Wales politics

Welsh MPs warning over English votes for English laws

William Hague in the House of Commons on 16 December 2014
Image caption William Hague called for "fairness for all the people of the UK"

Welsh MPs have warned of the dangers of plans to restrict their say in English matters at Westminster.

Commons leader William Hague set out four options on Tuesday designed to introduce English votes for English laws in Parliament for the sake of "fairness".

Former Welsh Secretary David Jones warned many residents of Wales depended on services in England.

Labour MP Paul Flynn said the proposals could lead to a break-up of the UK.

Mr Hague told the House of Commons devolution had implications for England and that "fairness for all the people of the UK now requires this issue to be dealt with decisively".

English 'veto'

He published a report containing recommendations from both the coalition parties drawn up in the wake of Scotland's independence referendum:

  • Barring Welsh MPs from any role in English-only bills, and Scottish MPs from bills relevant only to England and/or Wales
  • Allowing English MPs to have a greater say over the early readings of bills, including in tabling amendments, before allowing all MPs to vote on the final stages
  • Giving English MPs a veto over certain legislation at committee stage
  • A Lib Dem plan to establish a grand committee of English MPs, with the right to veto legislation applying only England, with its members based on the share of the vote

The former Tory leader also suggested the Barnett formula - which divides spending between the nations of the UK - would become "less relevant over time" as more tax-varying powers were devolved to Scotland.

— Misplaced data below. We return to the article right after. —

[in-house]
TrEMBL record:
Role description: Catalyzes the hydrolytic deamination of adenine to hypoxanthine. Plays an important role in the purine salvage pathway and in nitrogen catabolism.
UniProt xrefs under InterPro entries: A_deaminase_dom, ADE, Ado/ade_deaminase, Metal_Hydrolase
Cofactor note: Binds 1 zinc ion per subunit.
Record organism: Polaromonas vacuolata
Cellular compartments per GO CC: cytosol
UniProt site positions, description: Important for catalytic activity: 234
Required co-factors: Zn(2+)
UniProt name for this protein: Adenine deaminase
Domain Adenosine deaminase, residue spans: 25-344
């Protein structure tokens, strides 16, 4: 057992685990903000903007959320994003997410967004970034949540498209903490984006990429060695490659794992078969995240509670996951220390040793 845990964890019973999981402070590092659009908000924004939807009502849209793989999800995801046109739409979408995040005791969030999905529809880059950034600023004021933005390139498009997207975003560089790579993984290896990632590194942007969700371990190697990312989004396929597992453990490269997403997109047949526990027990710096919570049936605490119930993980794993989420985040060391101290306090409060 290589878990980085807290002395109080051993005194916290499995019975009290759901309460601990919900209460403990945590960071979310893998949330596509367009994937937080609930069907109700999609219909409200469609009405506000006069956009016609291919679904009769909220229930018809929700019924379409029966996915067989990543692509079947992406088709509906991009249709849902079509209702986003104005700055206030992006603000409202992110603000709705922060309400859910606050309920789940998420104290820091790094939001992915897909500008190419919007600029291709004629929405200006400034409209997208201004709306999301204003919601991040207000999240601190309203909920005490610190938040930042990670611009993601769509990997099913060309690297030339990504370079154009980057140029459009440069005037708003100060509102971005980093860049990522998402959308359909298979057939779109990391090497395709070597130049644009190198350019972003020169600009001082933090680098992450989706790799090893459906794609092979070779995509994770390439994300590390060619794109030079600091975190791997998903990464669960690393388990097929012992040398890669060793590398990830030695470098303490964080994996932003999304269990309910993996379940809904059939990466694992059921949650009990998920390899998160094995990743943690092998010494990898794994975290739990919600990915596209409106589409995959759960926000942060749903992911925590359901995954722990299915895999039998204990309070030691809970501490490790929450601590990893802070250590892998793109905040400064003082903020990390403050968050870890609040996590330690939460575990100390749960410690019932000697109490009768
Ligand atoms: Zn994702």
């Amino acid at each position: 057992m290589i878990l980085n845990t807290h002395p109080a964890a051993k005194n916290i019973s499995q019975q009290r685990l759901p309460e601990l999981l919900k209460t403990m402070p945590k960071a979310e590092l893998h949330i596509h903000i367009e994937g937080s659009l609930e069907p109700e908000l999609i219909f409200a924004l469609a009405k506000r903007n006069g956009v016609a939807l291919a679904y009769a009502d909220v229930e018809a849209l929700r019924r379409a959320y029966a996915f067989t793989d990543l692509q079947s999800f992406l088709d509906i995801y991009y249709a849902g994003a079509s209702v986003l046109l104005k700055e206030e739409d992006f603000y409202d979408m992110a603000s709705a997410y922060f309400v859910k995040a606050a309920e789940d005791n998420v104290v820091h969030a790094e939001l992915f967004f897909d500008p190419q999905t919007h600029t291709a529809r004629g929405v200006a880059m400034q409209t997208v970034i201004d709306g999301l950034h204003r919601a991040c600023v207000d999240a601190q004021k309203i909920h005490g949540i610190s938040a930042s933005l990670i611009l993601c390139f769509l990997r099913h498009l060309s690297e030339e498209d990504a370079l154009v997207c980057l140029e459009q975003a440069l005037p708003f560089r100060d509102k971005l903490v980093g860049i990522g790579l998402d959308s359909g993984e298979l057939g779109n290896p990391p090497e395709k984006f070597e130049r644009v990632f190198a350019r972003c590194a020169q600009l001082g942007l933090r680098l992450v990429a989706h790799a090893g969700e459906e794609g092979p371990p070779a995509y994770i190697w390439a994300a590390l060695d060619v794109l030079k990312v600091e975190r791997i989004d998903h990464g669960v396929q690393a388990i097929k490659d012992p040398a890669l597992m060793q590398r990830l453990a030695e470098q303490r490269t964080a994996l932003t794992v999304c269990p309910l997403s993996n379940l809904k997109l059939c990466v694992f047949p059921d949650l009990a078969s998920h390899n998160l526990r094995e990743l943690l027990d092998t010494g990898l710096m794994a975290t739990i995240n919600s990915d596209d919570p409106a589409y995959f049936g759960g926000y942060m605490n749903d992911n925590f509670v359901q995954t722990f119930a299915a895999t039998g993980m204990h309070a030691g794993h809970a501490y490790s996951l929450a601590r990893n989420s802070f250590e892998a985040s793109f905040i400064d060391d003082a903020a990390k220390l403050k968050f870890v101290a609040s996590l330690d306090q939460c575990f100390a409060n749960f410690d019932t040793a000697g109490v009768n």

'Particular anxieties'

David Jones, MP for Clwyd West, said he was concerned that Welsh MPs could be prevented from speaking or voting on important cross-border matters.

"Large numbers of people in Wales are heavily reliant on services delivered in England, and therefore it would be wholly wrong if the representatives of those people were to be denied a voice on issues that so clearly concern them," he said.

Mr Hague said he realised there were "particular anxieties" about cross-border health issues in Wales, and suggested the definition of an "English law" could be "quite broad" in order to take this into account.

Paul Flynn, Labour MP for Newport West, said the government's plans would increase divisions between the nations and "accelerate the progress towards the break-up of the United Kingdom".

Plaid Cymru MP Jonathan Edwards said the idea seemed "reasonable", as long as Welsh MPs were not stopped from voting on English matters that affect the Welsh budget.

He also called for more "symmetrical" devolution with equal powers for the four nations, claiming it would be difficult to enforce English votes for English laws if MPs had different voting rights depending which nation they came from.

Related Topics

More on this story

Related Internet links

The BBC is not responsible for the content of external Internet sites